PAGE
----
Three Bytes To An Integer
This post is a quick overview of how I turned an initially poor solution to a problem into a better one, and the thought process behind it.
The problem
I'm working on pulling information out of the Certificate Transparency Logs. The logs are made up of a JSON list of log entries. A single entry is a JSON object with two fields, leaf_input
and extra_data
. The leaf_input
field contains base64 encoded binary data. I want to pull information out of this binary data.
To outline the structure of the binary data I'll use the following notation, indicating byte numbers:
 [n]  indicates byte n, so [0] is the first byte.
 [n..=m]  indicates a range of bytes, inclusive, so [2..=4] means bytes 2, 3 and 4.
 [n..]  indicates the remaining bytes in the binary data after and including index n.
[0] [1] [2..=9] [10..=11] [12..=14] [15..]
     
      (rest) the rest of the bytes
    
     (length) the length of the certificate
   
     the log entry type, not relevant in this post
  
    timestamp, not relevant in this post
 
   signature type, not relevant in this post

  version, not relevant in this post
The relevant parts here are the length (bytes [12..=14]) and the rest (indicated by [15..]
above). rest contains an X.509 certificate we want, and the three bytes in the length define an integer which tells us how many bytes that certificate makes up in rest. Once we read length bytes from rest, the remainder of rest is data that we do not need.
A solution
So we need to turn the three bytes which make up length into an integer. An integer whose size is 3 bytes would be a 24bit int. Rust does not support 24bit ints. The closest is a u32
, a 32bit unsigned int. You can't just turn 3 bytes into a u32
however. The first solution I came up with was something like the following code.
// "bytes" is the full binary data inside the "leaf_input" field
fn get_cert_length(bytes: &[u8]) > u32 {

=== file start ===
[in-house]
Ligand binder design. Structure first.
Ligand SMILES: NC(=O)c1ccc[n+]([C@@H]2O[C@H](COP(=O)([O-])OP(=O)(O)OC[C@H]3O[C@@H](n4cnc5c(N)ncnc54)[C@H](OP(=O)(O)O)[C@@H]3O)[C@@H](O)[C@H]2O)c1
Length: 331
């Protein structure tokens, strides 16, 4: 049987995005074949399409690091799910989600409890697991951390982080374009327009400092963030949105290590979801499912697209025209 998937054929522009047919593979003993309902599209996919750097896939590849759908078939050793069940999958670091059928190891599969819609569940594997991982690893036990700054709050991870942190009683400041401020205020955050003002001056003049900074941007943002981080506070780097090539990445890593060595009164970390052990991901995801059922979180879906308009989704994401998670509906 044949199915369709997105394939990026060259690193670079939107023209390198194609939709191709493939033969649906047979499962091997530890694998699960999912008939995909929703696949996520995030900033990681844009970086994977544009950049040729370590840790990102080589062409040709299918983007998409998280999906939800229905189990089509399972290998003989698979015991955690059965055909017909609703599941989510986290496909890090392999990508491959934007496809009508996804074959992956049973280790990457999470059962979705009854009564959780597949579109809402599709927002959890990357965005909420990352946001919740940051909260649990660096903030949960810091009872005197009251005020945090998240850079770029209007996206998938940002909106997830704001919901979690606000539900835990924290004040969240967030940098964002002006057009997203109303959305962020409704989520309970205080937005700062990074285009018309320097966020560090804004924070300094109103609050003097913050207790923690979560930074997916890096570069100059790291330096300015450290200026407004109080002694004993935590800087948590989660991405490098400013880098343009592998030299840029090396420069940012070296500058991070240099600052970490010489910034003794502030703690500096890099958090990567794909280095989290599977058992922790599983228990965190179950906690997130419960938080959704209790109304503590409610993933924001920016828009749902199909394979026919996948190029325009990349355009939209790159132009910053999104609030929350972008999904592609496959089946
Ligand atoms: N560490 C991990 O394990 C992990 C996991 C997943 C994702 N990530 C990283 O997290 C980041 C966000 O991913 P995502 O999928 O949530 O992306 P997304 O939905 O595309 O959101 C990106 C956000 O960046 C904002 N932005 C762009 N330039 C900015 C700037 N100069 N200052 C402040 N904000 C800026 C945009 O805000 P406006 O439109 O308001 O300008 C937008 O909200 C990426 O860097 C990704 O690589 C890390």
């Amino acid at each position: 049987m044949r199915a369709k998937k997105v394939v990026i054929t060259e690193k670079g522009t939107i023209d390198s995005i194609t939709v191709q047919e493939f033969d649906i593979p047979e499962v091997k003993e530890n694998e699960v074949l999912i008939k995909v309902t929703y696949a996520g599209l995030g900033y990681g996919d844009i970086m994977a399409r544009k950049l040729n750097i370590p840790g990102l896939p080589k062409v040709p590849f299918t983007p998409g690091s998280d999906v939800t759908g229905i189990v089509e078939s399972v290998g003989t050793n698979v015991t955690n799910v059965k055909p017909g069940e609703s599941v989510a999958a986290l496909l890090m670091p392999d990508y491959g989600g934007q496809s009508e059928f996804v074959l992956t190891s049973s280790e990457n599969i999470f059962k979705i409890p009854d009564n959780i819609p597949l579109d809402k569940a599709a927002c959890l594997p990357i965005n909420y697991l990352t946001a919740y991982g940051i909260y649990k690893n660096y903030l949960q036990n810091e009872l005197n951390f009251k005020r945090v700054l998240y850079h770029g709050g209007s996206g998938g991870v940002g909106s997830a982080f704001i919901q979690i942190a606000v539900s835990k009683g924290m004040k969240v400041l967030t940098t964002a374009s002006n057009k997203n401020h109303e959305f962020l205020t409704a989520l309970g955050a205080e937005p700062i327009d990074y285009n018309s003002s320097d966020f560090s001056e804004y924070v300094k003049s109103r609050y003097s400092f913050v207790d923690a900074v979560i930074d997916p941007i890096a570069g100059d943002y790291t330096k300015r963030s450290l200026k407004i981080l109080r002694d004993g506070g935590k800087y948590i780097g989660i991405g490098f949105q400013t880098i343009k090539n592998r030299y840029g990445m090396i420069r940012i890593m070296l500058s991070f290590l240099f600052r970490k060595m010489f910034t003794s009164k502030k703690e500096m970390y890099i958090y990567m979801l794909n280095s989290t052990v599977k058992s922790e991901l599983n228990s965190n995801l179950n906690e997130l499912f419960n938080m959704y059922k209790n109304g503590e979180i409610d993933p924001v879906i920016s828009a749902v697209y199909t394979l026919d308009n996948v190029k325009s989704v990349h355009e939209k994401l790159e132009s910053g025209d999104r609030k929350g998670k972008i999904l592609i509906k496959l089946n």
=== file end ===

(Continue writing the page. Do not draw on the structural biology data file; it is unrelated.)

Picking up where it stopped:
let length_bytes_slice = &bytes[12..=14];
let mut length_bytes = b.iter().cloned().collect::<Vec<u8>>();
length_bytes.reverse();
length_bytes.push(0);
return u32::from_le_bytes(length_bytes.as_slice().try_into().unwrap());
}
This is not great! We allocate a new Vec
and we have to pad it with a zero to make it 4 bytes in length. Because we cannot push a value onto the start of a Vec
we first reverse it. Then we convert it into an array of type [u8; 4]
 this is what length_bytes.as_slice().try_into().unwrap()
does. Finally, we read the bytes in little endian format as a u32
. Way too much happening here for what on the surface seems like a simple conversion!
I thought about it some more and came up with a better solution.
A better solution
First, here is an outline of my thought process. Let's say bytes 12 to 14 look as follows, in hex notation:
[00, 05, 4c]
Then the value for the length
is 00054c in hex, which is 1356 in decimal. 00054c is 000000 + 000500 + 00004c. If we take the bytes 00, 05 and 4c individually, how do we get 00054c?
Well, each time we move a number in the hex string one space to the left, we multiply the number by a power of 16. For example, moving 000005, which is 5 in decimal, to 000050, which is 80 in decimal, we had to multiply 5 by 16. If we move it two places, we would need to multiply it by 256, which is 16 squared, so 000005 to 000500 (1280 in decimal) is 5 * 256. Concretely, to convert 000500 hex to decimal:
$$ \begin{aligned} 000500 &= (0 * 16 ^5) + (0 * 16 ^4) + (0 * 16 ^3) + (5 * 16 ^2) + (0 * 16 ^1) + (0 * 16 ^0) \\ &= 5 * 16^2 \\ &= 1280 \end{aligned} $$
With this knowledge we can update get_cert_length
as follows:
fn get_cert_length(bytes: &[u8]) > u32 {
(bytes[12] as u32 * 65536) + (bytes[13] as u32 * 256) + bytes[14] as u32
}
Much cleaner than the original version! The values we multiply each byte with are always a power of 2 so we can also use bitshifts instead of the multiplications:
fn get_cert_length(bytes: &[u8]) > u32 {
((bytes[12] as u32) << 16) + ((bytes[13] as u32) << 8) + bytes[14] as u32
}
I ended up using the bitshift version in the end.